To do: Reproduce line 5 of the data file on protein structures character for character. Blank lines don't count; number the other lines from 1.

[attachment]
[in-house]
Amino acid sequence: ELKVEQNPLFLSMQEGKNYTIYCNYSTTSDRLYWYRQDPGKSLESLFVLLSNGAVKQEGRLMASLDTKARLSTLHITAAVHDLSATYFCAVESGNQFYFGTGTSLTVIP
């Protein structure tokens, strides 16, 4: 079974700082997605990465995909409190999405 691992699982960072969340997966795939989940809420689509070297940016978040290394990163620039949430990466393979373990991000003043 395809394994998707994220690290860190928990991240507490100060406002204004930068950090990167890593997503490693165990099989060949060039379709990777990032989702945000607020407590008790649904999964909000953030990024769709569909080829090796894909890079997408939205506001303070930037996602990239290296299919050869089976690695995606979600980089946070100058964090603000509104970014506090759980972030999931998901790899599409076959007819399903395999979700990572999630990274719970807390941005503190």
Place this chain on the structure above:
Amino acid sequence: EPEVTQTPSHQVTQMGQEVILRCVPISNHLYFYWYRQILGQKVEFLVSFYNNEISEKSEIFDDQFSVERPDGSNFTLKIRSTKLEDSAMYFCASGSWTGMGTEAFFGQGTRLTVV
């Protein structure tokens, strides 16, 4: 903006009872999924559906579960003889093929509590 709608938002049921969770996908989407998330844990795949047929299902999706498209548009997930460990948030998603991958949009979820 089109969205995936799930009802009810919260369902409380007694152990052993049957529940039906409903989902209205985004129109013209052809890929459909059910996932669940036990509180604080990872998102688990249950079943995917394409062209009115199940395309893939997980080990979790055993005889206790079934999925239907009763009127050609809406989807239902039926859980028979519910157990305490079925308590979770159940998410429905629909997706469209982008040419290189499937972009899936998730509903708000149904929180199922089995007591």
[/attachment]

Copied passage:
Amino acid sequence: EPEVTQTPSHQVTQMGQEVILRCVPISNHLYFYWYRQILGQKVEFLVSFYNNEISEKSEIFDDQFSVERPDGSNFTLKIRSTKLEDSAMYFCASGSWTGMGTEAFFGQGTRLTVV